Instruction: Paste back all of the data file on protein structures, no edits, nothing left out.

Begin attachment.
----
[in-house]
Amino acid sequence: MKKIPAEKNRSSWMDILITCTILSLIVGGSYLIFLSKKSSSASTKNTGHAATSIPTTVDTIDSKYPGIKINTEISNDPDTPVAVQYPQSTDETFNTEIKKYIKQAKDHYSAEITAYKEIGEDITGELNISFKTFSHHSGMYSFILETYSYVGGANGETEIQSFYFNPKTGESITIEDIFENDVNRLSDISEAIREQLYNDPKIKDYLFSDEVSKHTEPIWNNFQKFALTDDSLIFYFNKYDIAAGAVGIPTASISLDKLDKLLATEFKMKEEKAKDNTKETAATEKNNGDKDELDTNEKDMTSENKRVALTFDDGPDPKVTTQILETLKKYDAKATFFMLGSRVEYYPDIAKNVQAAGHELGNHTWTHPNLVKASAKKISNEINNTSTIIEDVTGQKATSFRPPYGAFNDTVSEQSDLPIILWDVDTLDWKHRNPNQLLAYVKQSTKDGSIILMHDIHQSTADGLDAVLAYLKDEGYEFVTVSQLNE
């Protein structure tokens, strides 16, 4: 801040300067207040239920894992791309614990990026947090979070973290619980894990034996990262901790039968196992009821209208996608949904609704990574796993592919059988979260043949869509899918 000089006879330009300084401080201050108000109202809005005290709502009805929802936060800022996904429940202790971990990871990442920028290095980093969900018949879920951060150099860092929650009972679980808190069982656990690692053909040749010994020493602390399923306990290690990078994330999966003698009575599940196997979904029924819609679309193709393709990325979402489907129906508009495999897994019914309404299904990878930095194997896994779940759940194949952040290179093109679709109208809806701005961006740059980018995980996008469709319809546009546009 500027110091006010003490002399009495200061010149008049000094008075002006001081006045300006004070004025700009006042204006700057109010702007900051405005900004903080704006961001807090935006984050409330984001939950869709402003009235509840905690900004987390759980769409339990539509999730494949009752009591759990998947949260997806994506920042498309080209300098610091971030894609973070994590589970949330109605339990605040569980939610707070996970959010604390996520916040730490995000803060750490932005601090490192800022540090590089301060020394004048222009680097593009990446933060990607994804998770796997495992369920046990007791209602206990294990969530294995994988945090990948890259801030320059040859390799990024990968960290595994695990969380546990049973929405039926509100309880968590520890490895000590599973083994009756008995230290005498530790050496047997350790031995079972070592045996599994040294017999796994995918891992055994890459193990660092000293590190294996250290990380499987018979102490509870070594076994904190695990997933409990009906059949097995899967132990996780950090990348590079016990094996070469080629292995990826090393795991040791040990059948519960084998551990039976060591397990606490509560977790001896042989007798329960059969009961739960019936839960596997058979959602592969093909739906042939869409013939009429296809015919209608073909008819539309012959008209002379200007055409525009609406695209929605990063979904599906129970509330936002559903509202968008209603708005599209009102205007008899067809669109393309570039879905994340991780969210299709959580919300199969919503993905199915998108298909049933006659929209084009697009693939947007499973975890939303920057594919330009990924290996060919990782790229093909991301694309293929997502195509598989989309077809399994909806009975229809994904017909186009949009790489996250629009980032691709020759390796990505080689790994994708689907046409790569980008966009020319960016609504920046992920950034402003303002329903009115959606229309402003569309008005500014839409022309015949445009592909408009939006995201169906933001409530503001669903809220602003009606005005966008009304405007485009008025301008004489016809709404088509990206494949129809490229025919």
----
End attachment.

[in-house]
Amino acid sequence: MKKIPAEKNRSSWMDILITCTILSLIVGGSYLIFLSKKSSSASTKNTGHAATSIPTTVDTIDSKYPGIKINTEISNDPDTPVAVQYPQSTDETFNTEIKKYIKQAKDHYSAEITAYKEIGEDITGELNISFKTFSHHSGMYSFILETYSYVGGANGETEIQSFYFNPKTGESITIEDIFENDVNRLSDISEAIREQLYNDPKIKDYLFSDEVSKHTEPIWNNFQKFALTDDSLIFYFNKYDIAAGAVGIPTASISLDKLDKLLATEFKMKEEKAKDNTKETAATEKNNGDKDELDTNEKDMTSENKRVALTFDDGPDPKVTTQILETLKKYDAKATFFMLGSRVEYYPDIAKNVQAAGHELGNHTWTHPNLVKASAKKISNEINNTSTIIEDVTGQKATSFRPPYGAFNDTVSEQSDLPIILWDVDTLDWKHRNPNQLLAYVKQSTKDGSIILMHDIHQSTADGLDAVLAYLKDEGYEFVTVSQLNE
């Protein structure tokens, strides 16, 4: 801040300067207040239920894992791309614990990026947090979070973290619980894990034996990262901790039968196992009821209208996608949904609704990574796993592919059988979260043949869509899918 000089006879330009300084401080201050108000109202809005005290709502009805929802936060800022996904429940202790971990990871990442920028290095980093969900018949879920951060150099860092929650009972679980808190069982656990690692053909040749010994020493602390399923306990290690990078994330999966003698009575599940196997979904029924819609679309193709393709990325979402489907129906508009495999897994019914309404299904990878930095194997896994779940759940194949952040290179093109679709109208809806701005961006740059980018995980996008469709319809546009546009 500027110091006010003490002399009495200061010149008049000094008075002006001081006045300006004070004025700009006042204006700057109010702007900051405005900004903080704006961001807090935006984050409330984001939950869709402003009235509840905690900004987390759980769409339990539509999730494949009752009591759990998947949260997806994506920042498309080209300098610091971030894609973070994590589970949330109605339990605040569980939610707070996970959010604390996520916040730490995000803060750490932005601090490192800022540090590089301060020394004048222009680097593009990446933060990607994804998770796997495992369920046990007791209602206990294990969530294995994988945090990948890259801030320059040859390799990024990968960290595994695990969380546990049973929405039926509100309880968590520890490895000590599973083994009756008995230290005498530790050496047997350790031995079972070592045996599994040294017999796994995918891992055994890459193990660092000293590190294996250290990380499987018979102490509870070594076994904190695990997933409990009906059949097995899967132990996780950090990348590079016990094996070469080629292995990826090393795991040791040990059948519960084998551990039976060591397990606490509560977790001896042989007798329960059969009961739960019936839960596997058979959602592969093909739906042939869409013939009429296809015919209608073909008819539309012959008209002379200007055409525009609406695209929605990063979904599906129970509330936002559903509202968008209603708005599209009102205007008899067809669109393309570039879905994340991780969210299709959580919300199969919503993905199915998108298909049933006659929209084009697009693939947007499973975890939303920057594919330009990924290996060919990782790229093909991301694309293929997502195509598989989309077809399994909806009975229809994904017909186009949009790489996250629009980032691709020759390796990505080689790994994708689907046409790569980008966009020319960016609504920046992920950034402003303002329903009115959606229309402003569309008005500014839409022309015949445009592909408009939006995201169906933001409530503001669903809220602003009606005005966008009304405007485009008025301008004489016809709404088509990206494949129809490229025919």